Schizophrenia And Suicide Prevention


Suicide is a critical public health concern affecting communities, families, and societies. It has been estimated by the World Health Organization (WHO) that each year around one million people die from suicide. Suicide risk is significantly increased by mood and psychotic disorders, such as schizophrenia.2

Schizophrenia is a complex mental health disorder, characterized by a range of symptoms including delusional beliefs, hallucinations, emotional flatness,disordered thinking, behaviour, and perception.3 The life expectancy of people with schizophrenia dramatically decreases due to suicide.4 Studies have demonstrated that around 4-13% of individuals with schizophrenia die from suicide.5 Therefore, preventing suicide is a chief aspect of schizophrenia management and treatment. In this article, you will learn about the risk factors, warning signs, and prevention strategies for suicide in schizophrenia patients.

Risk factors for suicide in schizophrenia

Multiple factors increase the risk of suicide in individuals with schizophrenia, including: 

  • History of suicide attempts:An important risk factor for suicide in schizophrenia is a history of previous suicide attempts. It has been suggested that almost 50% of people with schizophrenia have carried out at least one suicide attempt in their lifetime.6,7 Suicide attempts among individuals with schizophrenia are severe and require medical attention. The majority of people who die by suicide have carried out previous suicide attempts5
  • Social isolation: Social isolation can increase the risk of suicide in individuals with schizophrenia. Social support is critical. The symptoms of schizophrenia can be exacerbated leading to depression and hopelessness when the person finds themselves socially isolated5,8
  • Substance abuse: Substance abuse is often observed in people with schizophrenia and increases the risk of suicide. Substance abuse generally increases the risk of suicide compared to non-users and substance abuse is often comorbid with schizophrenia9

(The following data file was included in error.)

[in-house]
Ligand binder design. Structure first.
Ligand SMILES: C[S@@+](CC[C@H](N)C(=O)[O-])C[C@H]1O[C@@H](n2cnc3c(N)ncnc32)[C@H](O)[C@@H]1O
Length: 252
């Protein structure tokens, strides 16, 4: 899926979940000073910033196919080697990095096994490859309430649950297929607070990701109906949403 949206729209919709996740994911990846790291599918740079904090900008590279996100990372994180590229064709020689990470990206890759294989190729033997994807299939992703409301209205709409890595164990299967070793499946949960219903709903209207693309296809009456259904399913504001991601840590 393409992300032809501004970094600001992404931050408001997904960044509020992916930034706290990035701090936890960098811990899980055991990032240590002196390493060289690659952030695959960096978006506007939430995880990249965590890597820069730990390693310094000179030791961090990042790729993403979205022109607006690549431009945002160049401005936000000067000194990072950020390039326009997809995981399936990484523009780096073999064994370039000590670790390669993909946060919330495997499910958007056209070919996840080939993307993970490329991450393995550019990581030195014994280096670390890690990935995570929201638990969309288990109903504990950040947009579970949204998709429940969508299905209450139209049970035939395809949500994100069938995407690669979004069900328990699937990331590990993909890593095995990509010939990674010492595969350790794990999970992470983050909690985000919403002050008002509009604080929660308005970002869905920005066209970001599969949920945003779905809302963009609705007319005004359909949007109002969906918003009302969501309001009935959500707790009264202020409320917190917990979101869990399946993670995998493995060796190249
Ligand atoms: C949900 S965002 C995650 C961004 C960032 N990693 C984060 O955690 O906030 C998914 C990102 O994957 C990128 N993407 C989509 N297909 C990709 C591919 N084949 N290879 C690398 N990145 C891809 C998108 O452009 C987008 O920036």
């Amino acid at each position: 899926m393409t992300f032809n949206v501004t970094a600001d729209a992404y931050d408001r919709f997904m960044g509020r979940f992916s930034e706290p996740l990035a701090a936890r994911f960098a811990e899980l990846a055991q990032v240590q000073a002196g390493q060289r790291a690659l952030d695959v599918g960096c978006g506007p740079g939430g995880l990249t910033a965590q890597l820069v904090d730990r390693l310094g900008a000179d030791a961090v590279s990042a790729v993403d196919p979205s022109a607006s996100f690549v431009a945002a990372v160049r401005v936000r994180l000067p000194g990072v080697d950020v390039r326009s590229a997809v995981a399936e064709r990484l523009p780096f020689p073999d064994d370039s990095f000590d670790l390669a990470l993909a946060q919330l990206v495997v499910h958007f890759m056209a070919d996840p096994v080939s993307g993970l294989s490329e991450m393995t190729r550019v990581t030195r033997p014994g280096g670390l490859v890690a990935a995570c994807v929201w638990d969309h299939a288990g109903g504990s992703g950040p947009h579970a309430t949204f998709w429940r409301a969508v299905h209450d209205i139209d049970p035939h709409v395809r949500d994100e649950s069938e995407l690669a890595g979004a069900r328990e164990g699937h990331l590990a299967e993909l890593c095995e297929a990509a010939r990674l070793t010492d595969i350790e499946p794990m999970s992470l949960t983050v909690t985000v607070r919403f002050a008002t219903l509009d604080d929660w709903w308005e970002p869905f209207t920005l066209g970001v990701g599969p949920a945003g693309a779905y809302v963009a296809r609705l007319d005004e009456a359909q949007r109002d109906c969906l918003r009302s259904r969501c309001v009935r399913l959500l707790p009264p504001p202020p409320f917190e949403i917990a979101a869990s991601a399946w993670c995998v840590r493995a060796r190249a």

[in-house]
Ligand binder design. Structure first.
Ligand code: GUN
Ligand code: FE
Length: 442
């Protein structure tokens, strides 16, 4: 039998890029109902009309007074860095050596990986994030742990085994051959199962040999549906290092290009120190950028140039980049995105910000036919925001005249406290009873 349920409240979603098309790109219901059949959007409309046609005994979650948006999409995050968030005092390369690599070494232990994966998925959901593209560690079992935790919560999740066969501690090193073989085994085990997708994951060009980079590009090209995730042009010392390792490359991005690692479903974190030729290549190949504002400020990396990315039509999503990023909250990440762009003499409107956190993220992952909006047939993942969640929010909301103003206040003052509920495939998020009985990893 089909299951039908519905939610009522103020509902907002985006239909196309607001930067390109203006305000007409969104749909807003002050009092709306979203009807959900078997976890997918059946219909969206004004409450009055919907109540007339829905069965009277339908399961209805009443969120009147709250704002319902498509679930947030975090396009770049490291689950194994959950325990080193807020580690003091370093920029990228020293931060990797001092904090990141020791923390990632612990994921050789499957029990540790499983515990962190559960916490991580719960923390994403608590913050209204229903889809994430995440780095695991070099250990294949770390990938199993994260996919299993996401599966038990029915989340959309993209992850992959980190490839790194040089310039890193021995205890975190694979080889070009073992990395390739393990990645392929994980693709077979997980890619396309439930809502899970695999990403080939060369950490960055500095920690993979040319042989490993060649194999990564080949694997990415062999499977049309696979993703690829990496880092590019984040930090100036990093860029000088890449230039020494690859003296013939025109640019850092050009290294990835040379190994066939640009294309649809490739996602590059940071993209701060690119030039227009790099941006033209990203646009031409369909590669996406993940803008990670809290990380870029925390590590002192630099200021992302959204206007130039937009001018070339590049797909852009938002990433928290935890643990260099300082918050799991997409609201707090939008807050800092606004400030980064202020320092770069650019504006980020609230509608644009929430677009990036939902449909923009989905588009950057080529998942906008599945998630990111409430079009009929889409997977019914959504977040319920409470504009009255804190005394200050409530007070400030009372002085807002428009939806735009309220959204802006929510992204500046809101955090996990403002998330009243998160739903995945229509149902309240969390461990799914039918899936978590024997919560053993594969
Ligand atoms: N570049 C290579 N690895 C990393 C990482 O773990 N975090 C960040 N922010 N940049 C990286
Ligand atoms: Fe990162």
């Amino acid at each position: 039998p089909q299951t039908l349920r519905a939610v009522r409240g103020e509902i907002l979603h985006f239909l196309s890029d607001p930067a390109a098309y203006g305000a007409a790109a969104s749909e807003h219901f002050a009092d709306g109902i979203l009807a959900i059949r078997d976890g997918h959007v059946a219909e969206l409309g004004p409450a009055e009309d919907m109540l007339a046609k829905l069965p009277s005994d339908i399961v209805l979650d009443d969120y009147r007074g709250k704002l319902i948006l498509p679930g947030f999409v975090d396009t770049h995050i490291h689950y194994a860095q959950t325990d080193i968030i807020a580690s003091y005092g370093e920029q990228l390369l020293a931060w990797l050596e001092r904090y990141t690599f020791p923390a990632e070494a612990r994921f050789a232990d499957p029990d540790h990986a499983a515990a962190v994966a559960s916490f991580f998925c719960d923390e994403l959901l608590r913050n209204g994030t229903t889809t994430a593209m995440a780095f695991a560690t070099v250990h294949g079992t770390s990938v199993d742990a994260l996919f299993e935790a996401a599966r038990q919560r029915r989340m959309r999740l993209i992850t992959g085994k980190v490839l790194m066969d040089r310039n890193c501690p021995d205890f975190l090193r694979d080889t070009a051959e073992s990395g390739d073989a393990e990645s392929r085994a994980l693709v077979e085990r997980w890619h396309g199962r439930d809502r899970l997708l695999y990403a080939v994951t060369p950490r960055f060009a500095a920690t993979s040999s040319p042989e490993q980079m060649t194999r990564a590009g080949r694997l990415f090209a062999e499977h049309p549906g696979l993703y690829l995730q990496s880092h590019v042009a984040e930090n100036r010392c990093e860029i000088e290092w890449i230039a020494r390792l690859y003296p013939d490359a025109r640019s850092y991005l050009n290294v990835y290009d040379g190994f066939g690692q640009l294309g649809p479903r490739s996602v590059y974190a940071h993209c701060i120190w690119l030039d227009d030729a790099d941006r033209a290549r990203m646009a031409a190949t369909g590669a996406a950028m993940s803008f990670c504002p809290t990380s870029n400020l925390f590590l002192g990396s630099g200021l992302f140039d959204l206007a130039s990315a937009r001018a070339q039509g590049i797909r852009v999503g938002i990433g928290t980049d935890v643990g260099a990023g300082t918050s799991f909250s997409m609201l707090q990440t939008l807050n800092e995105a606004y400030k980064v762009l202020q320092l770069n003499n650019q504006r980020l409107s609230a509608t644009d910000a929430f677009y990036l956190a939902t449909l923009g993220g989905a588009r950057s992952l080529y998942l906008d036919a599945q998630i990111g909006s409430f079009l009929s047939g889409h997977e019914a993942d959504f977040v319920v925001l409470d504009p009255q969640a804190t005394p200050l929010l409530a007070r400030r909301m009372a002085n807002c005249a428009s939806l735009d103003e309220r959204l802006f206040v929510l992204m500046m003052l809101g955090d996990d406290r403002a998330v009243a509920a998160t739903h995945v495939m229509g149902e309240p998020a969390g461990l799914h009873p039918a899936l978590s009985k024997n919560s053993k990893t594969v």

• Poor treatment adherence: Studies have revealed that adherence to medications can help reduce the risk of suicide in patients with schizophrenia. Therefore, failure to adhere to the treatment provided can be seen as a risk factor for suicide10
  • Hopelessness: In schizophrenia patients, high levels of feelings of hopelessness have been observed. These feelings can be used as a predictor of worse outcomes.11 Awareness of the illness often leads to feelings of hopelessness. Hopelessness has been found a statistically significant factor in increasing the risk of suicide in patients with schizophrenia.12,13 Additionally, after hospital discharge, individuals with schizophrenia experience feelings of hopelessness by losing their supportsystem. Great caution is required during this period of discharge5
  • Depression: Depression is a major risk factor for suicide and is frequently present in individuals with schizophrenia. Depressive episodes during the lifetime of a patient with schizophrenia have been associated with an increased risk of suicide.14,15 In fact, a study found that the majority of people that have attempted suicide had suffered major depressive episodes during the course of their illness16